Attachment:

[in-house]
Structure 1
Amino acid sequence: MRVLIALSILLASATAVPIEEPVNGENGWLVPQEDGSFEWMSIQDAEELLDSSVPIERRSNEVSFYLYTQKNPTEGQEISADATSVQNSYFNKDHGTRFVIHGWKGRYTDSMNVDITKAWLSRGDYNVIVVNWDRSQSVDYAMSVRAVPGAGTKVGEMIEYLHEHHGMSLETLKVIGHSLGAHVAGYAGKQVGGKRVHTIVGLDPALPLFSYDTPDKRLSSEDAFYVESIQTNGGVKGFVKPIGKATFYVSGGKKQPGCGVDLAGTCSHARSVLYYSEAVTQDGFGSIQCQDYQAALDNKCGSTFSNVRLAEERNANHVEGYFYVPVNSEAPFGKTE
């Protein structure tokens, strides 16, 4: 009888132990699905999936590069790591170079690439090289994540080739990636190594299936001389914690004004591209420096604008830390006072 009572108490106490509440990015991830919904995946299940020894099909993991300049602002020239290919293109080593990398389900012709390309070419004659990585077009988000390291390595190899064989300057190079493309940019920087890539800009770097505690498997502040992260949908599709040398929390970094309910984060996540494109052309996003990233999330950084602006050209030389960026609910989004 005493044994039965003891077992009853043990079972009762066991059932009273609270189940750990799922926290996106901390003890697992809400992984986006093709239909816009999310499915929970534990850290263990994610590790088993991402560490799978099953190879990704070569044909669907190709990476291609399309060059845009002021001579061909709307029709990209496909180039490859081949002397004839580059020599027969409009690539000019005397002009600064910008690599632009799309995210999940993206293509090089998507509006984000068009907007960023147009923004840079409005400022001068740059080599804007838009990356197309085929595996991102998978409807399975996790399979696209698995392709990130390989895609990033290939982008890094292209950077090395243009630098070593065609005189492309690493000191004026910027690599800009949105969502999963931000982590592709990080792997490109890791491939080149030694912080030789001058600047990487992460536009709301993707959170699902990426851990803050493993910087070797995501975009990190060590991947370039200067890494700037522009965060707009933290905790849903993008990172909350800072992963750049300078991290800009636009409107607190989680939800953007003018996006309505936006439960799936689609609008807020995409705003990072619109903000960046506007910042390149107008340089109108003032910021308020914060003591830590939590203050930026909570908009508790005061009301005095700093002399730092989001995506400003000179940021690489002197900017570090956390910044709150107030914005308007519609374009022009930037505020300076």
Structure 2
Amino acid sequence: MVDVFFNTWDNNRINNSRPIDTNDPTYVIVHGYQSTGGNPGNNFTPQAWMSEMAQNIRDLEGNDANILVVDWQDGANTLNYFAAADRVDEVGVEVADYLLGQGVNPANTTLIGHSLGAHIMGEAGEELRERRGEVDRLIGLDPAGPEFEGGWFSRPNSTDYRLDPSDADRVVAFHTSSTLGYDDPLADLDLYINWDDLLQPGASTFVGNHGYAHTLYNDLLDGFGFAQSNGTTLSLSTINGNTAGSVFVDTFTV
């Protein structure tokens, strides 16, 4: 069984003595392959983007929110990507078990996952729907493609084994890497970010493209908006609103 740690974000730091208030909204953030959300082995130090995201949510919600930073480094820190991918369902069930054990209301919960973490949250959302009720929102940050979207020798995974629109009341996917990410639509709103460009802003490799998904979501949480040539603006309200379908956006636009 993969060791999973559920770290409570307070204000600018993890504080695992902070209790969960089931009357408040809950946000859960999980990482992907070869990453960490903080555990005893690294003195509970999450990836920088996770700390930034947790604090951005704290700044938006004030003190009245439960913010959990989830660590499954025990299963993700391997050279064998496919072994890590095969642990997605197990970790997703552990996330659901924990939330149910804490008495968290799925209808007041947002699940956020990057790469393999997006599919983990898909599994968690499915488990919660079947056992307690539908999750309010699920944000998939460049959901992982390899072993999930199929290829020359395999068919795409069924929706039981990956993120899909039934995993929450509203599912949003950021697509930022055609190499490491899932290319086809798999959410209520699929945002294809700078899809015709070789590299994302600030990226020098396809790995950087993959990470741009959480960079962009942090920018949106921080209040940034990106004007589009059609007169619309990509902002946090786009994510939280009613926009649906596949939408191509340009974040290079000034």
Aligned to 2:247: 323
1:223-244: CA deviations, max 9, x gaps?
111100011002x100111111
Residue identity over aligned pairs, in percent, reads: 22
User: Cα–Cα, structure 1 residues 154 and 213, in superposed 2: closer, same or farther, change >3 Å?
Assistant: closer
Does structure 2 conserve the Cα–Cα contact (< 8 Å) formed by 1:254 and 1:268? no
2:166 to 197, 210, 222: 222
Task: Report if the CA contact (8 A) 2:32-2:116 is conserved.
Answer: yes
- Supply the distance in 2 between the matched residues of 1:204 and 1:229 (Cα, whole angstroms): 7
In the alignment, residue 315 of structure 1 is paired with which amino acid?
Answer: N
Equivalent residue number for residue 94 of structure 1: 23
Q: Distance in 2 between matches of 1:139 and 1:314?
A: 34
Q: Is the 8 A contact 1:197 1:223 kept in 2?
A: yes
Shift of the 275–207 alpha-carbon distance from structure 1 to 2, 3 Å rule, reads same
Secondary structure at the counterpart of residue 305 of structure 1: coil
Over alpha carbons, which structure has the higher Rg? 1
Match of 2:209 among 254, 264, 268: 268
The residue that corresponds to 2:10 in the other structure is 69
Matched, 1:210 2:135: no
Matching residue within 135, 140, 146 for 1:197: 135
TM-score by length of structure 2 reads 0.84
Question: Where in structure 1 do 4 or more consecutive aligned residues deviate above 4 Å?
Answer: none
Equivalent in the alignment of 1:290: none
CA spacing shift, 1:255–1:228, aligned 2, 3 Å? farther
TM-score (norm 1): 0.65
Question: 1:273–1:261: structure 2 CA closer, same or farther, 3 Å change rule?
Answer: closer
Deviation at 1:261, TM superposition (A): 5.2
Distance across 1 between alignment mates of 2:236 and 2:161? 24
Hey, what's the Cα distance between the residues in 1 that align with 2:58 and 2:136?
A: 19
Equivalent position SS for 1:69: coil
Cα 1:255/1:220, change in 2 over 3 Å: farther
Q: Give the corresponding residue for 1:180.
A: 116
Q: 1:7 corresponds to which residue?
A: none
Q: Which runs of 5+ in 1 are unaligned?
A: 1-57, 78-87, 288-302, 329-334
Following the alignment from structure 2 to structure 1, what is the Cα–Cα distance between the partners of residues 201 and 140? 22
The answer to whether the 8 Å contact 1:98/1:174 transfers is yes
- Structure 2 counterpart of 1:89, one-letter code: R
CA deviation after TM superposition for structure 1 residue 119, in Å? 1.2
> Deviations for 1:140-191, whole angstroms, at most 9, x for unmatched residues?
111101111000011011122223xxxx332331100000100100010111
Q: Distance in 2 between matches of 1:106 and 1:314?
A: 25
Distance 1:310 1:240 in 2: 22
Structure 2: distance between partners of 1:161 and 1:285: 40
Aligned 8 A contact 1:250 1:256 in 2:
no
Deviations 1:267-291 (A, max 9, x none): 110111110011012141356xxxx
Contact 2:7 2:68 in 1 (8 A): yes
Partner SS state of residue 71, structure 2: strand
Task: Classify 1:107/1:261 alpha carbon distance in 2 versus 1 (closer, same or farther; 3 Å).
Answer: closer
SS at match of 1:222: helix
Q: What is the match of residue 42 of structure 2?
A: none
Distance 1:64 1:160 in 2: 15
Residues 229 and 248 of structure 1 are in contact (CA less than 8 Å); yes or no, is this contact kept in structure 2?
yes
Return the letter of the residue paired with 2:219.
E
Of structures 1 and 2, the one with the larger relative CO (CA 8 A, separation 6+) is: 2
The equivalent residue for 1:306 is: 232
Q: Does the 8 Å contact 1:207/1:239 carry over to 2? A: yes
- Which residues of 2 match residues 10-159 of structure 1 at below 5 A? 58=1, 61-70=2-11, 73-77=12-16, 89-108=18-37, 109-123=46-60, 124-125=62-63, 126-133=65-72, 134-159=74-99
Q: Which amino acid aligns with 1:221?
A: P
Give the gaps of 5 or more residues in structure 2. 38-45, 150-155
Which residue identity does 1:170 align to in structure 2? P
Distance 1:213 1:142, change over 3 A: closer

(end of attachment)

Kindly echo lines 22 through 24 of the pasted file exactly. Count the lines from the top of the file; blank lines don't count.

Q: Distance in 2 between matches of 1:139 and 1:314?
A: 34
Q: Is the 8 A contact 1:197 1:223 kept in 2?